Monday, November 17, 2008

Whose Bailout is it anyway?

How should the Bailout money be used?
No need to be a savvy to understand the current lockdown in our economy. As a matter of fact that's Econ 101, ok granted maybe Econ 102, but it was rather bemusing to notice how long it took Mr. Treasury Secretary Henry (Hank) Paulson to conclude that he needed a way to force banks to loan money again. For beginners, the financial market is in such deep doo-doo because of markets freeze on cash lending. Even an 850 fico score does no longer guarantee that you'll get a loan to pay for that new "beemer", and let's forget about that Heloc you thought you could tap into.
This whole mess started with the subprime mortgage. "Predatory borrowers" as would say Phil Gramm, bought houses with money they didn't have, took loans they couldn't afford, and got ensnared into payments they couldn't make. Gramm, who has been quoted lately, thus coining the phrase "a nation of whiners" referring to America, is a strong advocate of free market and an ardent forceful voice of market deregulation, argues that "subprime lending is the American dream in action" as he recounts how his mother, a young nurse working double shifts to support her family of 5, bought a bungalow as a "result of a finance company making a mortgage loan that a bank would not make".
On a slightly different note, Gramm goes as far to say it is hard for him "to feel sorry" for Social Security beneficiaries and has urged for a reduction, if not an extermination of the food stamp program. I used to think like him, more so as an Immigrant who has worked her behind off to get where I am today, until about two years ago I watched a video of this middle age woman who had to rely on such program and charity to support herself and her family to meet ends. She had two bachelor degrees and a master, had a good job, owned her house. Then one day she got ill, very ill and was forced to take some time off her job, then some more time off, ran over her FMLA and finally got axed because her company could no longer afford her absences. With her source of income been cut off, her medical bills started piling up, she had to get rid of her house (or did she lose it through repossession? I can't quite remember), finally found herself on the street. I had no choice but soften my views on federal aids and their recipients. Of course, there are some abuses and I would agree for some more stringent laws that can curtail them. However, no need for a PhD to figure out that GREED will break loose if not carefully "monitored". Greed got hold of Fannie Mae executives as they would fattened up their pocket books with bonuses as high as $11.6 millions in salary for its former CEO Franklin Raines, $86k in bonuses for 749 lucky as reported by Peter Miller from the Realty Times. Even at a microsystem scale, we've seen spouses kill their partner in a hope of cashing some life insurance money, or empty their bank accounts and flee to greener pastures with their "grinner" lover. We've seen people confessing of the most gruesome acts thinking they would not get caught. What's make Mr. Gramm & Cie think the same wouldn't not have happened with those big shots that, we, tax payers are now imposed on to bail out? With the "blamees" been identified, what about an effective solution to get us out of the ditch? Paulson has shown some modicum of intelligence by first stopping short from buying bad assets from those companies that need "help" and second by recognizing that banks need to resume lending. For a small illustration, this is what the lending freeze is creating. For a company that sells goods and services, their clients need to borrow money that will allow them to acquire the good or service (may it be a new software that enhances or improves in many aspects the way they conduct their business and overall increase profitability). Now if the banks refuses to loan the cash, the client can't purchase the good or service, the selling company no longer makes money, thus can no longer afford to pay its employees, which leads to some layoffs, and the laid off employee can't pay their bills, which leads to more credit card debts, ultimately bankruptcy. Third, Henry Paulson need to find a way to force those banks to lend again and let the economy flow. The law does not currently oblige banks to lend money, that's why the term "negociations" exist. Paulson could upon pouring our tax money into those troubled companies require them to:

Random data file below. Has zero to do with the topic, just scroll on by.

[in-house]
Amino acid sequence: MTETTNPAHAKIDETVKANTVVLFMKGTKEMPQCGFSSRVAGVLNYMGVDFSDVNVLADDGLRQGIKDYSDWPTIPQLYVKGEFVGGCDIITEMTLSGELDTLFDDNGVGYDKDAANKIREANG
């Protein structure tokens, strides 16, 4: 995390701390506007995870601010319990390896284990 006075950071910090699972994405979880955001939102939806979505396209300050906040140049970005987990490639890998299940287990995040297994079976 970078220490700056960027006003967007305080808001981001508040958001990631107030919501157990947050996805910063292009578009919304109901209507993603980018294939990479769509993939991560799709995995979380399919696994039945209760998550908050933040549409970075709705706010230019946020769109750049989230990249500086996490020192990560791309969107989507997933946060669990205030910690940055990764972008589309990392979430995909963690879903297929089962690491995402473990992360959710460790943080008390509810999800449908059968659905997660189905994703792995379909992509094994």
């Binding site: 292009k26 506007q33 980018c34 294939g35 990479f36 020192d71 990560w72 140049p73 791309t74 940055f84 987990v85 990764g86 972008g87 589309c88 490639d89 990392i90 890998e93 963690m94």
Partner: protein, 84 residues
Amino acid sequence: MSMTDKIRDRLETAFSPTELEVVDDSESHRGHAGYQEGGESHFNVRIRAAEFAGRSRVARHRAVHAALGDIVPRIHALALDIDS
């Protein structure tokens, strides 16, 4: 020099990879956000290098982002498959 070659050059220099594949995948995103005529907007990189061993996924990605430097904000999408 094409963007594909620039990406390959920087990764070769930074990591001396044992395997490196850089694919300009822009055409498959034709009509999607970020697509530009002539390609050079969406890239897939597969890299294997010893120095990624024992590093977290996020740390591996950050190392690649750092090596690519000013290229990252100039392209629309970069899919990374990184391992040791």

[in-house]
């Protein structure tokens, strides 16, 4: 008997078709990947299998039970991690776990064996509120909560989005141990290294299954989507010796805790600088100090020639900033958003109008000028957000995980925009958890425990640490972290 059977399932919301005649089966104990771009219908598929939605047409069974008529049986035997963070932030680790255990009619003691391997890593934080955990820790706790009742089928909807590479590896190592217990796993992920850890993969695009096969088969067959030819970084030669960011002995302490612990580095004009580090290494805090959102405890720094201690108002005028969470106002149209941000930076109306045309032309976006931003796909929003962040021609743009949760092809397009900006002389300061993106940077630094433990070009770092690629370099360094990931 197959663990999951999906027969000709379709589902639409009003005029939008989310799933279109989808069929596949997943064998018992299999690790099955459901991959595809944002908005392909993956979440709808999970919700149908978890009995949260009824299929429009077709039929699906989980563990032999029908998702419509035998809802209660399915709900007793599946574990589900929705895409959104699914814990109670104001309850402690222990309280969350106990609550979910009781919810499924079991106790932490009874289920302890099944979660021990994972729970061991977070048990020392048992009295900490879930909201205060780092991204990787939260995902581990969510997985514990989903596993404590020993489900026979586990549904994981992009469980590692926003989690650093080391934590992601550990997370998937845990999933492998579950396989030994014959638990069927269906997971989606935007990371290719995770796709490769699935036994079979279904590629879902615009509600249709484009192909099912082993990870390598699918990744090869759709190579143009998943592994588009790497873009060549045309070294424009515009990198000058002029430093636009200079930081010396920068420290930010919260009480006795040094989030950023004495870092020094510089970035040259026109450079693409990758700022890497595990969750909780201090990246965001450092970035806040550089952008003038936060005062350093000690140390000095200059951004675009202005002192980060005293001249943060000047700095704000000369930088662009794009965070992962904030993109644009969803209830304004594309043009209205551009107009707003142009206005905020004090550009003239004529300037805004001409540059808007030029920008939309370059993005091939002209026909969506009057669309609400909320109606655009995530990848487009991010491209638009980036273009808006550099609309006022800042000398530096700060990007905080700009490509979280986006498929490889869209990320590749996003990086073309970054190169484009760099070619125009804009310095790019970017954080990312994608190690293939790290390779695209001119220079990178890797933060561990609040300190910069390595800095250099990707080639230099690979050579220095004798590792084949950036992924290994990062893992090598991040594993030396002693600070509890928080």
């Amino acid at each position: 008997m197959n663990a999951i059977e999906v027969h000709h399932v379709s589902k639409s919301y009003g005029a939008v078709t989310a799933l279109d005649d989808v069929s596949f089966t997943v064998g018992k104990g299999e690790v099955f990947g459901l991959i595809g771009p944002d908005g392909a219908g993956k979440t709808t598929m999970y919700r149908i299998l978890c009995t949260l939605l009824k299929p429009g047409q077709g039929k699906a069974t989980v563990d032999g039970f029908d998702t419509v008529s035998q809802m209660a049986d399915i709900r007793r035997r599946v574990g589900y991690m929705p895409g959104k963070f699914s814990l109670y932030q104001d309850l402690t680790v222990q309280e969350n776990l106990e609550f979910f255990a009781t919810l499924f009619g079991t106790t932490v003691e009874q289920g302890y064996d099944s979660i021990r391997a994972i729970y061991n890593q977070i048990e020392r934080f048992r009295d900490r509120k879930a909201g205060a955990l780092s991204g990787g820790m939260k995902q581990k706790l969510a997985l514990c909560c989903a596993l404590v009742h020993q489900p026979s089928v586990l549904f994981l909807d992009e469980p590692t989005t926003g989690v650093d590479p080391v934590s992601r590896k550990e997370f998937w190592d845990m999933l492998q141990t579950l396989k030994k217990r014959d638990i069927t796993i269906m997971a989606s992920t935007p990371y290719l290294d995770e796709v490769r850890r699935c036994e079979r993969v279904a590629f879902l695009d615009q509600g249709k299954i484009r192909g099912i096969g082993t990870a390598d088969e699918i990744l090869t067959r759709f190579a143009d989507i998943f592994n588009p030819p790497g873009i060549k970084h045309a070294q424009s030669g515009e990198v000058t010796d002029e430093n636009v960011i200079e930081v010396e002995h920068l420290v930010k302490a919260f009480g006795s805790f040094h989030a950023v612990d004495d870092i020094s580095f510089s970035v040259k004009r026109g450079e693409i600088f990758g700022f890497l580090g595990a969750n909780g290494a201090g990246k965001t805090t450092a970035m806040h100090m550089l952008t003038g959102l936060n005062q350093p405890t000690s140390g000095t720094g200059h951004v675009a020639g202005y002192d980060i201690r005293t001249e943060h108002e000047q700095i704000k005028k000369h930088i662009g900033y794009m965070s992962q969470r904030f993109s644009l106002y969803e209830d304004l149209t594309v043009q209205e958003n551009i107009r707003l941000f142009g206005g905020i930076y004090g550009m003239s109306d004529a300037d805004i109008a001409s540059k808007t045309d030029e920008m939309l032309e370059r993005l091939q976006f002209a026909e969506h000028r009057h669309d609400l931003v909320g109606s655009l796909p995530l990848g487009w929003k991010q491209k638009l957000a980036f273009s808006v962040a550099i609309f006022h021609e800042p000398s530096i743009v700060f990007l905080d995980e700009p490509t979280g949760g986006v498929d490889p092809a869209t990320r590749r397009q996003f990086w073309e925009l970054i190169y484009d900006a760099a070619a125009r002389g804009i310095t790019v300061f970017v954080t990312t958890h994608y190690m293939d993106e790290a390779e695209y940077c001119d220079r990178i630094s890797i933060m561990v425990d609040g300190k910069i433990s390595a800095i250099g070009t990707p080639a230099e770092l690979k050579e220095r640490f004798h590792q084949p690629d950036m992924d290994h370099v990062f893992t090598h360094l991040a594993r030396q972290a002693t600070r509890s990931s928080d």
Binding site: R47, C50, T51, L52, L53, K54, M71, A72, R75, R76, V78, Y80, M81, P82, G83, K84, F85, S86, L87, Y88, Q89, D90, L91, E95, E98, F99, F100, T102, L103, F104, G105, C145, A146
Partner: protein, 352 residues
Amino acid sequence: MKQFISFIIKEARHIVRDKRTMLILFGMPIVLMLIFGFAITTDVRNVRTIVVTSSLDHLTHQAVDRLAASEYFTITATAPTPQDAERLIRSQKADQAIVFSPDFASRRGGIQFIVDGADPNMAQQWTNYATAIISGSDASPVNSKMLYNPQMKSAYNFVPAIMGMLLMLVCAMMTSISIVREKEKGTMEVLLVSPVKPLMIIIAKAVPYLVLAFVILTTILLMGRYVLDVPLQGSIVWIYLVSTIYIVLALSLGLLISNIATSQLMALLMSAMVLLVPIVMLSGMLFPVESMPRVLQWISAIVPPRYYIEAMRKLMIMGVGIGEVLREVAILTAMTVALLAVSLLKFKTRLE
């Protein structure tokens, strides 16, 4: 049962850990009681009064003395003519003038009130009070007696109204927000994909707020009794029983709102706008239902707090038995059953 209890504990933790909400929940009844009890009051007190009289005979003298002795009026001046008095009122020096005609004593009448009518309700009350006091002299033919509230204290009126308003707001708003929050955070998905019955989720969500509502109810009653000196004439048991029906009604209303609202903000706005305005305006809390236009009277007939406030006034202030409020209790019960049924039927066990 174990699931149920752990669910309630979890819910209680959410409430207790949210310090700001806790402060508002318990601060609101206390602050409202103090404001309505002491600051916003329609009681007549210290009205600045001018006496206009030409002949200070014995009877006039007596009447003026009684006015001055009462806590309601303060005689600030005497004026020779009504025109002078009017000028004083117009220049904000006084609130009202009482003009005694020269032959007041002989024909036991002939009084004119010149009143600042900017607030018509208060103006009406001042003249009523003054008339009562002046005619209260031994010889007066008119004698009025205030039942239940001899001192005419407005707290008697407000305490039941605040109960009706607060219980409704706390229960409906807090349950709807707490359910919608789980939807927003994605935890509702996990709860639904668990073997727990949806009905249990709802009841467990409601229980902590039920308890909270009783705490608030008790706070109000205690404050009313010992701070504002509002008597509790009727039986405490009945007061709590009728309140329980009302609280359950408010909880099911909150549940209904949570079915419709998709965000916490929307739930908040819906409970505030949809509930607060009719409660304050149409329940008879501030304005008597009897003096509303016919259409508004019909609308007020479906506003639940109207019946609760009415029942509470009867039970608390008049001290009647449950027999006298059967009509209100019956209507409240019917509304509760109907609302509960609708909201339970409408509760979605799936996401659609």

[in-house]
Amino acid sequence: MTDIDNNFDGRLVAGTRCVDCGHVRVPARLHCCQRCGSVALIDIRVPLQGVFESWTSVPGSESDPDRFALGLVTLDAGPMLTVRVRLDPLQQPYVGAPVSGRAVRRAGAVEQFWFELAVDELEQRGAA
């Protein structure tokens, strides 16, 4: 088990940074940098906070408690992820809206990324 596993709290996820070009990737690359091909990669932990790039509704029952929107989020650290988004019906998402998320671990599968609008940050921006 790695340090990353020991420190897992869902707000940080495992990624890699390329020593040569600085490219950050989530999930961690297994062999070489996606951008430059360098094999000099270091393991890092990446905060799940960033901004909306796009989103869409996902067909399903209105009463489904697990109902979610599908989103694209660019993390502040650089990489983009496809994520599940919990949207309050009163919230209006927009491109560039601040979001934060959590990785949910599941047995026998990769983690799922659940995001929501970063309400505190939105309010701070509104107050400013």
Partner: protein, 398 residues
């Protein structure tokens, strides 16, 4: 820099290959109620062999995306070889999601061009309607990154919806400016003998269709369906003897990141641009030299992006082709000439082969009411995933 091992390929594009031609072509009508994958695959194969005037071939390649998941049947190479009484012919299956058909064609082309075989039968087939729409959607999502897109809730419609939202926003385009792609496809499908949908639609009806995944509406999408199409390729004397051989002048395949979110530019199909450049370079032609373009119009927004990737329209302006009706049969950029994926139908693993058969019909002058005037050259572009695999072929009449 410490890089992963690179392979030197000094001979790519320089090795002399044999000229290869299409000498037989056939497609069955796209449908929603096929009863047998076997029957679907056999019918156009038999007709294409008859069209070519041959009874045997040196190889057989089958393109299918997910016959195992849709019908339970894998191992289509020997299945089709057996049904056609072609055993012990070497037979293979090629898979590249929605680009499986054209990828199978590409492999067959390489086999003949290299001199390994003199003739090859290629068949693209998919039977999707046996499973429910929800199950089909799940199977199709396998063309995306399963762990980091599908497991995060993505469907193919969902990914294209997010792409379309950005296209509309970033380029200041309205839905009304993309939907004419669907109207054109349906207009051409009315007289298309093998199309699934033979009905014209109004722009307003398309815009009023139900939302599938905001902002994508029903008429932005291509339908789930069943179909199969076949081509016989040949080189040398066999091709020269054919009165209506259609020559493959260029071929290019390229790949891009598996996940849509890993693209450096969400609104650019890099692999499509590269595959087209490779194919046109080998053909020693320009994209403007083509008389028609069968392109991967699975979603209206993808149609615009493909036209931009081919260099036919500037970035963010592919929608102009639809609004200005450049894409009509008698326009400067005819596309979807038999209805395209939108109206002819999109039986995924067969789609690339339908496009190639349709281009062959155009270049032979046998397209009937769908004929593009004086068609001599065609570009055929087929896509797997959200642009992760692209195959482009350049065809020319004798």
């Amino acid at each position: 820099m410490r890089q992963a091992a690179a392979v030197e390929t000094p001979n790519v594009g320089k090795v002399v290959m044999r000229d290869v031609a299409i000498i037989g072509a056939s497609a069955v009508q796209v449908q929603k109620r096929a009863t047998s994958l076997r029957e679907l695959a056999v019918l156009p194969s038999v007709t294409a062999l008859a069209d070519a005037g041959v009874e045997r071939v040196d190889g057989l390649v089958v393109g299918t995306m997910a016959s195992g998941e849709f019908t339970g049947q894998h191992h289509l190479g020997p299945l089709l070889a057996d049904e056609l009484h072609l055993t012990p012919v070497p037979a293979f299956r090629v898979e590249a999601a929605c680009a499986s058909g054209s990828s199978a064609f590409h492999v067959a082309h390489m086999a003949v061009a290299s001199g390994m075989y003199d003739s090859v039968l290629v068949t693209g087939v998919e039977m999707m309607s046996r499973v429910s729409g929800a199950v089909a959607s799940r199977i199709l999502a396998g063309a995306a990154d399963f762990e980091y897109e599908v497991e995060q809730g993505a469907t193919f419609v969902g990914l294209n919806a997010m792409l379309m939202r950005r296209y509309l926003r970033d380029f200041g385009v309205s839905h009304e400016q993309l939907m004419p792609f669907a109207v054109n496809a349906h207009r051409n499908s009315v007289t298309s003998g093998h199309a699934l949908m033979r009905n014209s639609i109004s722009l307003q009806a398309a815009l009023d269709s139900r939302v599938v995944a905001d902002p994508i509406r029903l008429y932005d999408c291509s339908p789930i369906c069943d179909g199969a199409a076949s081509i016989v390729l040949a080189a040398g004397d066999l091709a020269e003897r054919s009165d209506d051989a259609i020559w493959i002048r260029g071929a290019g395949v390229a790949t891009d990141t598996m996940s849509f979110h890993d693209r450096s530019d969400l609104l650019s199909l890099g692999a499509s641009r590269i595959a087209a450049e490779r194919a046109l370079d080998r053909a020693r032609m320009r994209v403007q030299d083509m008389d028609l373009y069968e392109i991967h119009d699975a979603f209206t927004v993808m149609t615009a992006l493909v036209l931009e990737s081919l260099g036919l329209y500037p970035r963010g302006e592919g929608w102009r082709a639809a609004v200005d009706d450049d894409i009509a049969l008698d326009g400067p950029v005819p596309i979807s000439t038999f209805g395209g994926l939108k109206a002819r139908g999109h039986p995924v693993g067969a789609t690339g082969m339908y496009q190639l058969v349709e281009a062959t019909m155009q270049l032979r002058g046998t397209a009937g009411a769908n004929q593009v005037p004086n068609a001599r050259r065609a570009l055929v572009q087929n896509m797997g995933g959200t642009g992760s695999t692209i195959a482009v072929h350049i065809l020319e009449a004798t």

- Fire all those execs who were incompetent enough to allow this mess to see daylight;
- Improve lending practices using regulatory methods that would still generate reasonable profits for them and permit small and big businesses to keep current jobs and why not, expand.
Home owners should definitely be given priority (although some of them should not qualify) as well. It would reduce the exponential rate of foreclosures, which in turn will help deserving homeowners to keep the value of their house if not higher than what they were bought for, then equal to their selling price.
Hopefully, this economical downturn will teach each one of us a lesson: America please learn to live within your means.

No comments:

Tweet Me